Author Patrick Gale has called Cornwall home for more than 30 years. His love for the county often feeds his literature

Prolific author Patrick Gale has called Cornwall home for more than 30 years. His love for the county often feeds his literature, and speaking exclusively to Cornwall Life, the Notes From an Exhibition, Perfectly Good Man and Rough Music author explains that while his latest novel may be set between London and Canada, Cornish elements still whisper through the pages

Just one year after graduating from Oxford University, Patrick Gale had achieved his life dream: he was a published author. It took another year - and a spell in France, for him to move west from his Notting Hill bedsit to Cornwall but he’s stayed here ever since. Today, with a shelf full of bestsellers (his own), Gale divides his time between penning novels, walking his dogs, indulging in his love of classical music, and helping his partner out on their farm.

Gale appreciates that Cornwall’s picturesque coastline has long attracted creative types - though often as much for the reduced rent as for rural living. Artists have always been at the poorer end of the spectrum and the lovely thing about Cornwall is it’s always been very cheap,’ he begins. Obviously, if you’ve a beautiful house with a sea view the price goes up, but certainly back in the 1940s and 1950s it was a very affordable and very appealing place to live. Then, lots of artists were settling here as they could live for a year on little income compared to London.’

Combine that frantic bustle of the capital’s streets with the gorgeous, scenic views that pattern every corner of the county, and it’s little surprise that a longstanding creative community quickly emerged in Cornwall.

I love living in this sort of artists’ colony,’ says Gale. We have a lot of friends here who are painters or potters – not many writers funnily enough, my writer friends tend to live further away, but the internet helps keeps us all in touch.’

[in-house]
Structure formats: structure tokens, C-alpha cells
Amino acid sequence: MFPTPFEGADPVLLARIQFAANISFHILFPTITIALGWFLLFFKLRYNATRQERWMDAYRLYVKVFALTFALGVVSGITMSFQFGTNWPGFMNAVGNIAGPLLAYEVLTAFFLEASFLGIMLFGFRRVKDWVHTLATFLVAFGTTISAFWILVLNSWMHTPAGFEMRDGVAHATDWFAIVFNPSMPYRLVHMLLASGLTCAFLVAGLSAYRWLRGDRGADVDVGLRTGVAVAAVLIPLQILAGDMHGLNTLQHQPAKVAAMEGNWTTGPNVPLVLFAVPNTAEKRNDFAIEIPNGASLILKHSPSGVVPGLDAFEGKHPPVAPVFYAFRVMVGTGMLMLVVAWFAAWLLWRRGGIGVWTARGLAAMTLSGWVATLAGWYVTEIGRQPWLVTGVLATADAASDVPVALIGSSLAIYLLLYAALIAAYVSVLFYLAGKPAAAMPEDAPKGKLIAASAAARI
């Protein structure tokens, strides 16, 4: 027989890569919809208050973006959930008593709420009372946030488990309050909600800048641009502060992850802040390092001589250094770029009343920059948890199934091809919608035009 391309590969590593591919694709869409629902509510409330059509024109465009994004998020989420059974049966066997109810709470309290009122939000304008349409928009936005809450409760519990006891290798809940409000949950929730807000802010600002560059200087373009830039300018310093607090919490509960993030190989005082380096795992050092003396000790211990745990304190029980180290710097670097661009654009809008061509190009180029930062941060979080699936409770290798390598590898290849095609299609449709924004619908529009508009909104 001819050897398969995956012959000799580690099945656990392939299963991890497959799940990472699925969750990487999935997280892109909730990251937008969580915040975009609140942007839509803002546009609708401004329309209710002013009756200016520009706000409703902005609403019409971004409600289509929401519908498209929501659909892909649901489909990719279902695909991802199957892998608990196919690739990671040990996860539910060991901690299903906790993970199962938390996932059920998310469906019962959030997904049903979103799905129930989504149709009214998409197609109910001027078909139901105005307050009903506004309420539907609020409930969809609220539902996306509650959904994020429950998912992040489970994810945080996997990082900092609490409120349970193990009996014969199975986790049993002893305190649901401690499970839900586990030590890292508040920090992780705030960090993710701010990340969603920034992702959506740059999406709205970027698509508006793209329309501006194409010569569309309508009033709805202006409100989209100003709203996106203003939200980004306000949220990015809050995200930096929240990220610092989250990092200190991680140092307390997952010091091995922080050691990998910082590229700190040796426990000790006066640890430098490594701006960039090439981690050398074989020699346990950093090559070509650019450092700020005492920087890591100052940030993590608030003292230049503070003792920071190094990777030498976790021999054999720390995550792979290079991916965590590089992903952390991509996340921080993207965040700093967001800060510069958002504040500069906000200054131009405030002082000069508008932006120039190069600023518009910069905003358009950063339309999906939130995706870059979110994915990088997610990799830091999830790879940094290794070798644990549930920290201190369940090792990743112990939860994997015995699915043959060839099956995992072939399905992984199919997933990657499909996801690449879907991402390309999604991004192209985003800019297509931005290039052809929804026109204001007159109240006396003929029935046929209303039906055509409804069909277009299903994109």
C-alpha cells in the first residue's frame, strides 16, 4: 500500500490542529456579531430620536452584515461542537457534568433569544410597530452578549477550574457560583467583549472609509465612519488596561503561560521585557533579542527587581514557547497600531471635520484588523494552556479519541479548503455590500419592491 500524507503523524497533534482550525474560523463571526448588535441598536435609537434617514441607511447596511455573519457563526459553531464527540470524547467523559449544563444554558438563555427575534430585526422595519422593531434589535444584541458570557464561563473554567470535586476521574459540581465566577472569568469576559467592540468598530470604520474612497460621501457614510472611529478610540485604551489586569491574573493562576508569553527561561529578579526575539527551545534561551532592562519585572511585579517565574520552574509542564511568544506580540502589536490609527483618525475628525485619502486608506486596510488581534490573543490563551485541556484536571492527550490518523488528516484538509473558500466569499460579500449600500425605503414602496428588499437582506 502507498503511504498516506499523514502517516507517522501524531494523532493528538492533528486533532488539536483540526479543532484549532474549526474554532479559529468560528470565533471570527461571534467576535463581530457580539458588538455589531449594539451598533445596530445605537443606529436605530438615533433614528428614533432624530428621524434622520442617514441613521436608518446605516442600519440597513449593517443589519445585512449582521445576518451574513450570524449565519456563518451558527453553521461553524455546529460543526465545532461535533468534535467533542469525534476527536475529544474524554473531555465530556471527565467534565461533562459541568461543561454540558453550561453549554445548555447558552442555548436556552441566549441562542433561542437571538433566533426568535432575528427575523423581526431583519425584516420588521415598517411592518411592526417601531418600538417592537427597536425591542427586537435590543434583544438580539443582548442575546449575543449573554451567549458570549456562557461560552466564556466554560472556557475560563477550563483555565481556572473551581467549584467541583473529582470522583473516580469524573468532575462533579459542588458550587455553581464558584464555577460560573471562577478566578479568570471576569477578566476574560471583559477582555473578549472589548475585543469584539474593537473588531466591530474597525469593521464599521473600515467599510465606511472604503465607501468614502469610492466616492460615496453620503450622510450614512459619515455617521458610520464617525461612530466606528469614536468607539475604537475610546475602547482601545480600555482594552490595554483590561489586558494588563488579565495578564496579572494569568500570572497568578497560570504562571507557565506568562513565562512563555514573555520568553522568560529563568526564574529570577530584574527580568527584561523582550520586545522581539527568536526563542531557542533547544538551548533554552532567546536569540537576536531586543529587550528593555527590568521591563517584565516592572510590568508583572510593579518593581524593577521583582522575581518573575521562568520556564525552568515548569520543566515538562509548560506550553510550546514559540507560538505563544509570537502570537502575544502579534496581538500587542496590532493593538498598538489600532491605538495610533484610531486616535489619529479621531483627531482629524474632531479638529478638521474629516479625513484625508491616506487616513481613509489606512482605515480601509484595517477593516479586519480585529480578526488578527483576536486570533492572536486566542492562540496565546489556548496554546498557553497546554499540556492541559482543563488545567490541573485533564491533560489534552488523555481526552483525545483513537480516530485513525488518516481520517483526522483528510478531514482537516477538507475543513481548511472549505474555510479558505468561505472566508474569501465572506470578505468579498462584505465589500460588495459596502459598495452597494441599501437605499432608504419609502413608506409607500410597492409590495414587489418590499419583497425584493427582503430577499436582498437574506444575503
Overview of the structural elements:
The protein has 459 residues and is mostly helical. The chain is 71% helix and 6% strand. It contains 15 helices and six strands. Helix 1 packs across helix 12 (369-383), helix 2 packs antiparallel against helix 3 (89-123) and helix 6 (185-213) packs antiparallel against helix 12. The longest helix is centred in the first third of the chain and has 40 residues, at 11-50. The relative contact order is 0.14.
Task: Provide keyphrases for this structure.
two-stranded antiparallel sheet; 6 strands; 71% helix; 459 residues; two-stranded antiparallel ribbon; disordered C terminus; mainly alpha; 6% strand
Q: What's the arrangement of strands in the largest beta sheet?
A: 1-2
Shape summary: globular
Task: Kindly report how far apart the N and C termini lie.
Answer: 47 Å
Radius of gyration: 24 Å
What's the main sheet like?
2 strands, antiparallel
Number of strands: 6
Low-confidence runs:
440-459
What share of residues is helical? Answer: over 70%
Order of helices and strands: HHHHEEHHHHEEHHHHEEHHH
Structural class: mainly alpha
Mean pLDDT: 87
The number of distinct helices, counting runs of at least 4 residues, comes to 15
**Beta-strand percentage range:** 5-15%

Paid just £2,500 for his debut novel, Gale posits his original move to Camelford back in 1986 as motivated by both loving Cornwall’ and as a way of saving,’ and these days being in such close proximity to Land’s End is integral his literary life.

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Life on the farm doesn’t mean Gale must rise with the cock’s crow to feed the animals though. I’m an early riser anyway,’ he laughs. I tend to get up at half six and start the day with a smile. It’s very nice having the chance to do practical work around the farm, and if a novel isn’t going well it’s like gardening on a big scale; I can go outside and get some therapeutic work on the cattle.’

The Cornish environment often jumps out from the pages of Gale’s work, notably in Notes From an Exhibition and A Perfectly Good Man. His latest novel, however, A Place Called Winter, follows his own family history, focusing on wild, untamed Canada rather than Cornwall. The book presents Gale’s great grandfather, Harry, who left his wife and daughter for a lonely, laborious life in Canada following a hushed liaison. Even though this book contains nothing of Cornwall, I found I was drawing a lot on my experience of the Cornish weather and that sense of extremity you get living out at Land’s End, walking on the cliffs. So although Harry ends up in the Prairies and as landlocked as you can get, I think there’s a similar sense of isolation.’